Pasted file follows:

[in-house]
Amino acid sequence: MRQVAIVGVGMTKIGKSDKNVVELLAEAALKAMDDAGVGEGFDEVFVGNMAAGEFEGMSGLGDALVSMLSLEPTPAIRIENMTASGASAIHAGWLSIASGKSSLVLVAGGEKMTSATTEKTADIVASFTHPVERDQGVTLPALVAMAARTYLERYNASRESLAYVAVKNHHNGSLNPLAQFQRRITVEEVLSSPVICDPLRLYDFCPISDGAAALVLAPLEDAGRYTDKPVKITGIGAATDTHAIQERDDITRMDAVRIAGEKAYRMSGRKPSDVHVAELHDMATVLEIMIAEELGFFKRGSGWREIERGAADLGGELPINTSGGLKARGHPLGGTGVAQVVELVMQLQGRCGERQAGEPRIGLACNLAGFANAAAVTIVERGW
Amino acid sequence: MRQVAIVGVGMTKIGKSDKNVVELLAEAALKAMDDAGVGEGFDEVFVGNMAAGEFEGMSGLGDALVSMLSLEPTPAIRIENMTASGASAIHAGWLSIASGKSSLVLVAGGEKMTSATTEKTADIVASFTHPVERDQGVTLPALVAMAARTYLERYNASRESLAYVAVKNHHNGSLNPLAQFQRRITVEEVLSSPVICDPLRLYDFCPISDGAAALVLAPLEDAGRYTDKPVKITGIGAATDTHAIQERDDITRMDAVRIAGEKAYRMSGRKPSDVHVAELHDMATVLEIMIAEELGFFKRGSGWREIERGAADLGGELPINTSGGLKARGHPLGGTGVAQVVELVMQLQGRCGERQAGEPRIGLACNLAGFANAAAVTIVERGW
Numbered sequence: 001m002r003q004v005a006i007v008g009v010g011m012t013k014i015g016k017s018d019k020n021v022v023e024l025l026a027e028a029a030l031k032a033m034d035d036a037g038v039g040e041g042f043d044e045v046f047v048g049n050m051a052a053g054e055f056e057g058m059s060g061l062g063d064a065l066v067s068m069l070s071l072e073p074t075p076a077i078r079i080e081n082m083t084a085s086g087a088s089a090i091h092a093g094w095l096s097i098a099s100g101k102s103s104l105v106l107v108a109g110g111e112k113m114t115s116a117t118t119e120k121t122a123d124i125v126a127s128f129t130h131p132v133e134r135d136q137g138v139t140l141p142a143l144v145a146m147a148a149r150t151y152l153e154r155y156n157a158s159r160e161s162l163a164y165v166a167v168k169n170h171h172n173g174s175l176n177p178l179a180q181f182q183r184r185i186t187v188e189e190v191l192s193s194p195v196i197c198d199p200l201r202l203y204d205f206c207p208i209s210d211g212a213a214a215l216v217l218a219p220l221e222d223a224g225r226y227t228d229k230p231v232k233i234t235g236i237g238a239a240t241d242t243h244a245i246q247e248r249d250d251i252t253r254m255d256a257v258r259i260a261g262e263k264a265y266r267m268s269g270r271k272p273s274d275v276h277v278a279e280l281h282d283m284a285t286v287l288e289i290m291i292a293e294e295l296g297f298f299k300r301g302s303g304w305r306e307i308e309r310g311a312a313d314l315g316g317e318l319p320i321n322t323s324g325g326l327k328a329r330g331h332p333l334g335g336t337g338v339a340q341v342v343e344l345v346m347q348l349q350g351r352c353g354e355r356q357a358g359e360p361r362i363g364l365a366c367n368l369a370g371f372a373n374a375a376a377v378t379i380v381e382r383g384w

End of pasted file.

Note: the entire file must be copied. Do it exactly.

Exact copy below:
[in-house]
Amino acid sequence: MRQVAIVGVGMTKIGKSDKNVVELLAEAALKAMDDAGVGEGFDEVFVGNMAAGEFEGMSGLGDALVSMLSLEPTPAIRIENMTASGASAIHAGWLSIASGKSSLVLVAGGEKMTSATTEKTADIVASFTHPVERDQGVTLPALVAMAARTYLERYNASRESLAYVAVKNHHNGSLNPLAQFQRRITVEEVLSSPVICDPLRLYDFCPISDGAAALVLAPLEDAGRYTDKPVKITGIGAATDTHAIQERDDITRMDAVRIAGEKAYRMSGRKPSDVHVAELHDMATVLEIMIAEELGFFKRGSGWREIERGAADLGGELPINTSGGLKARGHPLGGTGVAQVVELVMQLQGRCGERQAGEPRIGLACNLAGFANAAAVTIVERGW
Amino acid sequence: MRQVAIVGVGMTKIGKSDKNVVELLAEAALKAMDDAGVGEGFDEVFVGNMAAGEFEGMSGLGDALVSMLSLEPTPAIRIENMTASGASAIHAGWLSIASGKSSLVLVAGGEKMTSATTEKTADIVASFTHPVERDQGVTLPALVAMAARTYLERYNASRESLAYVAVKNHHNGSLNPLAQFQRRITVEEVLSSPVICDPLRLYDFCPISDGAAALVLAPLEDAGRYTDKPVKITGIGAATDTHAIQERDDITRMDAVRIAGEKAYRMSGRKPSDVHVAELHDMATVLEIMIAEELGFFKRGSGWREIERGAADLGGELPINTSGGLKARGHPLGGTGVAQVVELVMQLQGRCGERQAGEPRIGLACNLAGFANAAAVTIVERGW
Numbered sequence: 001m002r003q004v005a006i007v008g009v010g011m012t013k014i015g016k017s018d019k020n021v022v023e024l025l026a027e028a029a030l031k032a033m034d035d036a037g038v039g040e041g042f043d044e045v046f047v048g049n050m051a052a053g054e055f056e057g058m059s060g061l062g063d064a065l066v067s068m069l070s071l072e073p074t075p076a077i078r079i080e081n082m083t084a085s086g087a088s089a090i091h092a093g094w095l096s097i098a099s100g101k102s103s104l105v106l107v108a109g110g111e112k113m114t115s116a117t118t119e120k121t122a123d124i125v126a127s128f129t130h131p132v133e134r135d136q137g138v139t140l141p142a143l144v145a146m147a148a149r150t151y152l153e154r155y156n157a158s159r160e161s162l163a164y165v166a167v168k169n170h171h172n173g174s175l176n177p178l179a180q181f182q183r184r185i186t187v188e189e190v191l192s193s194p195v196i197c198d199p200l201r202l203y204d205f206c207p208i209s210d211g212a213a214a215l216v217l218a219p220l221e222d223a224g225r226y227t228d229k230p231v232k233i234t235g236i237g238a239a240t241d242t243h244a245i246q247e248r249d250d251i252t253r254m255d256a257v258r259i260a261g262e263k264a265y266r267m268s269g270r271k272p273s274d275v276h277v278a279e280l281h282d283m284a285t286v287l288e289i290m291i292a293e294e295l296g297f298f299k300r301g302s303g304w305r306e307i308e309r310g311a312a313d314l315g316g317e318l319p320i321n322t323s324g325g326l327k328a329r330g331h332p333l334g335g336t337g338v339a340q341v342v343e344l345v346m347q348l349q350g351r352c353g354e355r356q357a358g359e360p361r362i363g364l365a366c367n368l369a370g371f372a373n374a375a376a377v378t379i380v381e382r383g384w